Río Bío Bío
|Río Bío Bío
Rio Bio Bio
|Río Bío Bío
Icalma -See and Galletue -See
|at San Pedro de la Paz in the Gulf of Arauco ( Pacific )
|899 m³ / s
|Río de La Laja
|Reservoirs flowed through
|Ralco , Pangue
|San Pedro de la Paz
Middle reaches in the Andes
For the first few kilometers, where it also receives the water of the Río Rucanuco, the outflow of Lake Icalma , the Río Bío Bío flows east to the main ridge of the Andes. Soon the course of the river changes to the north. In the middle reaches the course changes more to the northwest of the confluence with the Pacific .
Larger cities on the Río Bío Bío from the mouth to the source:
In 1647 the Spaniards and the Mapuche signed a peace treaty with the Río Bío Bío as the border. However, this was repeatedly undermined by the Spaniards, so that the Arauco War flared up again as early as 1655 .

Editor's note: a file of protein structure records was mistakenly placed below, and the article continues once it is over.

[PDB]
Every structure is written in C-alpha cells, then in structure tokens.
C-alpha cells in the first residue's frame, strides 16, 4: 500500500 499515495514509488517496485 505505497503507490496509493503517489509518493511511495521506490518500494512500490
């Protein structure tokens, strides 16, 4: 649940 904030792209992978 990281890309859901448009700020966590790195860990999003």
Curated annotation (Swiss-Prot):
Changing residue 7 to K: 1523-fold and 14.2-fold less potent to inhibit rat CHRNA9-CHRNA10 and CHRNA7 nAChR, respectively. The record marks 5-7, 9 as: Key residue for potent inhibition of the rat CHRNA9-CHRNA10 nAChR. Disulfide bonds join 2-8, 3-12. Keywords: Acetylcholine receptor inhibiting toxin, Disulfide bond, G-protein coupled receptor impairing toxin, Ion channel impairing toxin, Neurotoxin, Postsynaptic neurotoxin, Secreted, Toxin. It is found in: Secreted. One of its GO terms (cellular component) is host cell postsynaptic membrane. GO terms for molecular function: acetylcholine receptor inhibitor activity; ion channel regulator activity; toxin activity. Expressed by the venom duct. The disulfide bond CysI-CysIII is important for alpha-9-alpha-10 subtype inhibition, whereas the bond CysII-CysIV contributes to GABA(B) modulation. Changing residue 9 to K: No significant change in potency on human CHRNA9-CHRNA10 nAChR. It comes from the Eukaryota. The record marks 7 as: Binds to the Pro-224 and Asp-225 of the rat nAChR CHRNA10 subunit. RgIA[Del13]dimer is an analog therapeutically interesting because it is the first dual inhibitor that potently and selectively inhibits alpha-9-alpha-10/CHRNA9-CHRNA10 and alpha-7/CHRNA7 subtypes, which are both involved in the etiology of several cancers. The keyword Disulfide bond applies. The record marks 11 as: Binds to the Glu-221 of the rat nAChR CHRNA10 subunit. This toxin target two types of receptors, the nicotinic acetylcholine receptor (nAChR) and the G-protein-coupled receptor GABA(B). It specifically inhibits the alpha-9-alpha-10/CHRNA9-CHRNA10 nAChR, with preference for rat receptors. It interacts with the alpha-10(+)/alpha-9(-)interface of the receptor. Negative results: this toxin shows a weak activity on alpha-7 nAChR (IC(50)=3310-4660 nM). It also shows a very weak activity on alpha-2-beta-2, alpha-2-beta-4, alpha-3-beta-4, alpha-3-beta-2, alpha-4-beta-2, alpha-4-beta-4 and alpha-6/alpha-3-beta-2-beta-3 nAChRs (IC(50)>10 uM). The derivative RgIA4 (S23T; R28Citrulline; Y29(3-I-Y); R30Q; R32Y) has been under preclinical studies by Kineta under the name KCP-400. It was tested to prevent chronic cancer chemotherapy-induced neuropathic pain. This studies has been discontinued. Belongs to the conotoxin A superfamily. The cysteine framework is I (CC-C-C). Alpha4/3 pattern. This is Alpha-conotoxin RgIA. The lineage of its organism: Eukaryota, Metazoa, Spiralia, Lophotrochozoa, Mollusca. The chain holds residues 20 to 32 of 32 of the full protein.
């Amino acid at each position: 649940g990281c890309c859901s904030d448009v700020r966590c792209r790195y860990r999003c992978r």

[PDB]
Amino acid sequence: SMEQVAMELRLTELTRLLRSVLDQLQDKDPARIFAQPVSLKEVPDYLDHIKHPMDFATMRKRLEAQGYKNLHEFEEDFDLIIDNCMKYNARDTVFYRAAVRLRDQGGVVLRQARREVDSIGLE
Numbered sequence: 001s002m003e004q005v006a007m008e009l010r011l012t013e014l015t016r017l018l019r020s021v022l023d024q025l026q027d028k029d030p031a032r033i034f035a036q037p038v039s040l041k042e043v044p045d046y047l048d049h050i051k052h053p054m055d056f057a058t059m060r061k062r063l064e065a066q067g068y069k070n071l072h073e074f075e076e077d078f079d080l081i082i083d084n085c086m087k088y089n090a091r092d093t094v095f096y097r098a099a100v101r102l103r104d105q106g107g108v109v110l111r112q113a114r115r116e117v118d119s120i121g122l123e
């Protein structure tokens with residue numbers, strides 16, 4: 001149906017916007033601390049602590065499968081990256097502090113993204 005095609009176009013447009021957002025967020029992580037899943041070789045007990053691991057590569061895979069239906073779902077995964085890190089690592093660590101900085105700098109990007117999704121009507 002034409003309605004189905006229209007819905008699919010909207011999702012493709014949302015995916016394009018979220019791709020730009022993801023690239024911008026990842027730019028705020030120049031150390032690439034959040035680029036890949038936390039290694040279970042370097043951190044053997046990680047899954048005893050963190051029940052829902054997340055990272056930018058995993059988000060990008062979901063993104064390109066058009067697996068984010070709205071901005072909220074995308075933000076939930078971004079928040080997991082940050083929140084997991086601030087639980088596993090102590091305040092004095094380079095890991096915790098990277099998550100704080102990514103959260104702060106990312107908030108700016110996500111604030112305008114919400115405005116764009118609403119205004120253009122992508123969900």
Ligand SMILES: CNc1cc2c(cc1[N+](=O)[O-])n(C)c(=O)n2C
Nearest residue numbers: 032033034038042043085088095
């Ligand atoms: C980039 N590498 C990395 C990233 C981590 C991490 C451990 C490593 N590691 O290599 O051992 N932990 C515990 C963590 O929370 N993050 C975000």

Economy and environment
Since the late 1970s, the Chilean-Spanish energy company ENDESA planned to build 6 large dams on the Bío Bío. In 1997 the first dam at Pangue was completed. The reservoirs flood large areas of the Pehuenche and destroy their fishing grounds. The entire environment on the lower reaches of the Bío Bío was greatly changed by the dams. On September 16, 2003, the Pehuenche signed a contract with the Chilean government that compensated them for the land losses. The second dam at Ralco was dammed in 2004.
Dams and reservoirs
Looking downstream, the Bío Bío is dammed by the following hydropower plants:
|Max. Power (MW)
|Volume (million m³)
At the mouth, around 22 kilometers of the river belong to the town of San Pedro de la Paz. The lakes Laguna Grande San Pedro and Laguna Chica San Pedro offer wonderful natural landscapes for hiking. The river is also popular for kayaking and rafting .
The Valle del Bio-Bio and Valle Itata form the southernmost wine-growing regions of Chile .
The estuary is in the Lago Galletué nature reserve . The area of Alto Biobío on the middle reaches is easily developed for tourism.